Some wine critics will include in wine’s review a “drinking window”, or range of years during which they predict the wine will be at its best. We recommend that you subscribe to one of these experts’ newsletters to help you in a selecting wines to buy and in determining how long to age them.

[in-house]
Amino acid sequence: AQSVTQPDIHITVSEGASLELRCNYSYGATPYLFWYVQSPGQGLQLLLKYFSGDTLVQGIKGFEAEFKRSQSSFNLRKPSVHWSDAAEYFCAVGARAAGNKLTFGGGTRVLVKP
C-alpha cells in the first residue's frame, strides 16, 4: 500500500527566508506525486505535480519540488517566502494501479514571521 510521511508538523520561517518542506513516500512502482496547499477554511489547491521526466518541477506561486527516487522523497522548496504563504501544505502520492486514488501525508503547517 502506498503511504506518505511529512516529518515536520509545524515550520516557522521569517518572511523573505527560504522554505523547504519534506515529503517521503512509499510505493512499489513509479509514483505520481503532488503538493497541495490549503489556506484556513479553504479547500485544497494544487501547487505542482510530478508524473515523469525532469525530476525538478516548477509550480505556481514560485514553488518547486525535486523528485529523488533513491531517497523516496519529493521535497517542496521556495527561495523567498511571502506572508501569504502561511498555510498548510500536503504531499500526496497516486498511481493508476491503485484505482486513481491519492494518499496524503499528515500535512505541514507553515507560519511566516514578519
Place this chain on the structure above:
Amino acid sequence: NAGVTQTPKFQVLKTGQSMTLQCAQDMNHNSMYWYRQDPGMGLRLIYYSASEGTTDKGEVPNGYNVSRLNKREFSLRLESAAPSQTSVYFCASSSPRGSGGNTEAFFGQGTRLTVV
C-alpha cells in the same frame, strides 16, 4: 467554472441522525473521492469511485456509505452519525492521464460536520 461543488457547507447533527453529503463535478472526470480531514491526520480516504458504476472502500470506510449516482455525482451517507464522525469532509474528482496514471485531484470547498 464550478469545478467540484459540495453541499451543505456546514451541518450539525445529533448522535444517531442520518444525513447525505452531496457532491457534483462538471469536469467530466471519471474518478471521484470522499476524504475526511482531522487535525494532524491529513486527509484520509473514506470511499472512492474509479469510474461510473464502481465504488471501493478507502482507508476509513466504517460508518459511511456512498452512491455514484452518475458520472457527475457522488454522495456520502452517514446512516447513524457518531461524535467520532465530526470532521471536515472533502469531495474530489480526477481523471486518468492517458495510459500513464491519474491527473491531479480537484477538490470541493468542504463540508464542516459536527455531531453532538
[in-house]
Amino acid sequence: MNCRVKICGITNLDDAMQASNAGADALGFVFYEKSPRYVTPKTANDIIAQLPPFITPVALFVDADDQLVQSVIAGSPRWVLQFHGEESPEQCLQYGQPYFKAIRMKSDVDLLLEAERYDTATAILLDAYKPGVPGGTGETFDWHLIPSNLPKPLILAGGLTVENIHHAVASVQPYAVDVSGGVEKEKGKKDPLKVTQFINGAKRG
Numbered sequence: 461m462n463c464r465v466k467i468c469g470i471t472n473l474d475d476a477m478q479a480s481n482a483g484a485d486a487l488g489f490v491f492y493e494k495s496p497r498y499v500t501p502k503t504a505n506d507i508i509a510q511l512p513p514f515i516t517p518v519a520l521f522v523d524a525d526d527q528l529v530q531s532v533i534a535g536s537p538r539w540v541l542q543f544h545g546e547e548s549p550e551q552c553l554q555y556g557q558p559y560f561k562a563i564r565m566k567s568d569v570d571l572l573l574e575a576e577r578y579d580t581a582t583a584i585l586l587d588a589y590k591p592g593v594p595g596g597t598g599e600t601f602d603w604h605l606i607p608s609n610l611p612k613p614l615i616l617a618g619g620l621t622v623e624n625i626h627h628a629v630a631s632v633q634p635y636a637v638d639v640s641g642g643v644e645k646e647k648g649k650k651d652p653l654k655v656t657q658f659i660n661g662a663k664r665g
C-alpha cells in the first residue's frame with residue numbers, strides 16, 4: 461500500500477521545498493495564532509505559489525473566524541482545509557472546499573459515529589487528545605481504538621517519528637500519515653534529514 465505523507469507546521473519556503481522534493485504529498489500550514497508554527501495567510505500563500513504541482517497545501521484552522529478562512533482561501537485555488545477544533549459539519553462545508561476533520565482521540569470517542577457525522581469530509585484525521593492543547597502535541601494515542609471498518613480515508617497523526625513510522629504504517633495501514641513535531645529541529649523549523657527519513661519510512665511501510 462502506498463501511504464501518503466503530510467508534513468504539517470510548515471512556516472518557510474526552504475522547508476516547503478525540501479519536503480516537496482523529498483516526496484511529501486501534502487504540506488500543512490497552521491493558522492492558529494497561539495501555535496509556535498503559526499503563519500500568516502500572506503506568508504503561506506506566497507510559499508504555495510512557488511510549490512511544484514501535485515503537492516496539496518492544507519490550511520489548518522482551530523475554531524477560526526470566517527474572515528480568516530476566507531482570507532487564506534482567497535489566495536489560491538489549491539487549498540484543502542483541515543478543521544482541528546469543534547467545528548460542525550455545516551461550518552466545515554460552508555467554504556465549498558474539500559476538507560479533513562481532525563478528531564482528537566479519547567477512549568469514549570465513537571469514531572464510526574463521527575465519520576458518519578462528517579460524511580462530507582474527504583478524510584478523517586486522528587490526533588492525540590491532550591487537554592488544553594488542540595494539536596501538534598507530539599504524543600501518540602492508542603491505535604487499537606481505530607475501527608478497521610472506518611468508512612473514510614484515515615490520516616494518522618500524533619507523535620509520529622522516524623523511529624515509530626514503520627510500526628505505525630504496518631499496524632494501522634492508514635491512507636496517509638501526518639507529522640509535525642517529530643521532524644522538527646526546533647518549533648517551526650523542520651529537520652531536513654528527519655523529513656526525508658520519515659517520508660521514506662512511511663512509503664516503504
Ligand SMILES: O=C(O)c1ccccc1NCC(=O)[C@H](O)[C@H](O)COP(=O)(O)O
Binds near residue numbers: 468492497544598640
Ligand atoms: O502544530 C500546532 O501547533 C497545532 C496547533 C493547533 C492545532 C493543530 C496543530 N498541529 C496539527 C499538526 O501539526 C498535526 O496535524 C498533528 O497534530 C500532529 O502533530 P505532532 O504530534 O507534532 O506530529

Typically, dry white wines don’t benefit much, if any, from aging (very fine Burgundy, Riesling, and Champagne are prominent exceptions). Nevertheless, it is wise to store them in a cellar to protect them from heat and light damage. Red wines are a different story. A fine, well-balanced red wine from a good vintage will usually improve with some age. Most very fine Cabernet Sauvignons, Bordeaux, Syrahs, Burgundys, Barolos, and Riogjas are made with the expectation that they will be allowed to age in order to reach their full potential.